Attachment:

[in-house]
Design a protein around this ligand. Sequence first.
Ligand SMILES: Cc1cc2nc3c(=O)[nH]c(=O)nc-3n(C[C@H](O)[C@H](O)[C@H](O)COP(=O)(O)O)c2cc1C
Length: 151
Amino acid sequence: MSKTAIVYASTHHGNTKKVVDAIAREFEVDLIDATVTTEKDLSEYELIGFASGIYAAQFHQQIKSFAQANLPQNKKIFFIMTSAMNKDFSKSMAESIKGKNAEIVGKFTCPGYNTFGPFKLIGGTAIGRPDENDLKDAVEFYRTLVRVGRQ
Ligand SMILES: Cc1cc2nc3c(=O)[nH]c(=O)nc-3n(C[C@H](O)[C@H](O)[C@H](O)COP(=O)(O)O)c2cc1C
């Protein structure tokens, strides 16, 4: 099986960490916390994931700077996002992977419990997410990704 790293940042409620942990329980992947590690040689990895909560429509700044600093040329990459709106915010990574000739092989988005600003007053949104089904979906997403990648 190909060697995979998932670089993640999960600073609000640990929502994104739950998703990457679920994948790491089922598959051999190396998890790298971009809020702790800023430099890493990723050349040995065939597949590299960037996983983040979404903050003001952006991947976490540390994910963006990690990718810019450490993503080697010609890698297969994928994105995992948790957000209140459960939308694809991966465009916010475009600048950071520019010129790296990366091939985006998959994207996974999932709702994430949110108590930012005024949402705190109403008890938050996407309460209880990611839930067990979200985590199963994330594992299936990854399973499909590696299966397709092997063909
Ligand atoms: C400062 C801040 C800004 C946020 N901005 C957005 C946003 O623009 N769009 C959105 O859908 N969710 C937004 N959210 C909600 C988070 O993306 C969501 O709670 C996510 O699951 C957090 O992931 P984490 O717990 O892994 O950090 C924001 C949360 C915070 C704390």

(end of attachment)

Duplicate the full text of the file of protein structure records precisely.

[in-house]
Design a protein around this ligand. Sequence first.
Ligand SMILES: Cc1cc2nc3c(=O)[nH]c(=O)nc-3n(C[C@H](O)[C@H](O)[C@H](O)COP(=O)(O)O)c2cc1C
Length: 151
Amino acid sequence: MSKTAIVYASTHHGNTKKVVDAIAREFEVDLIDATVTTEKDLSEYELIGFASGIYAAQFHQQIKSFAQANLPQNKKIFFIMTSAMNKDFSKSMAESIKGKNAEIVGKFTCPGYNTFGPFKLIGGTAIGRPDENDLKDAVEFYRTLVRVGRQ
Ligand SMILES: Cc1cc2nc3c(=O)[nH]c(=O)nc-3n(C[C@H](O)[C@H](O)[C@H](O)COP(=O)(O)O)c2cc1C
């Protein structure tokens, strides 16, 4: 099986960490916390994931700077996002992977419990997410990704 790293940042409620942990329980992947590690040689990895909560429509700044600093040329990459709106915010990574000739092989988005600003007053949104089904979906997403990648 190909060697995979998932670089993640999960600073609000640990929502994104739950998703990457679920994948790491089922598959051999190396998890790298971009809020702790800023430099890493990723050349040995065939597949590299960037996983983040979404903050003001952006991947976490540390994910963006990690990718810019450490993503080697010609890698297969994928994105995992948790957000209140459960939308694809991966465009916010475009600048950071520019010129790296990366091939985006998959994207996974999932709702994430949110108590930012005024949402705190109403008890938050996407309460209880990611839930067990979200985590199963994330594992299936990854399973499909590696299966397709092997063909
Ligand atoms: C400062 C801040 C800004 C946020 N901005 C957005 C946003 O623009 N769009 C959105 O859908 N969710 C937004 N959210 C909600 C988070 O993306 C969501 O709670 C996510 O699951 C957090 O992931 P984490 O717990 O892994 O950090 C924001 C949360 C915070 C704390």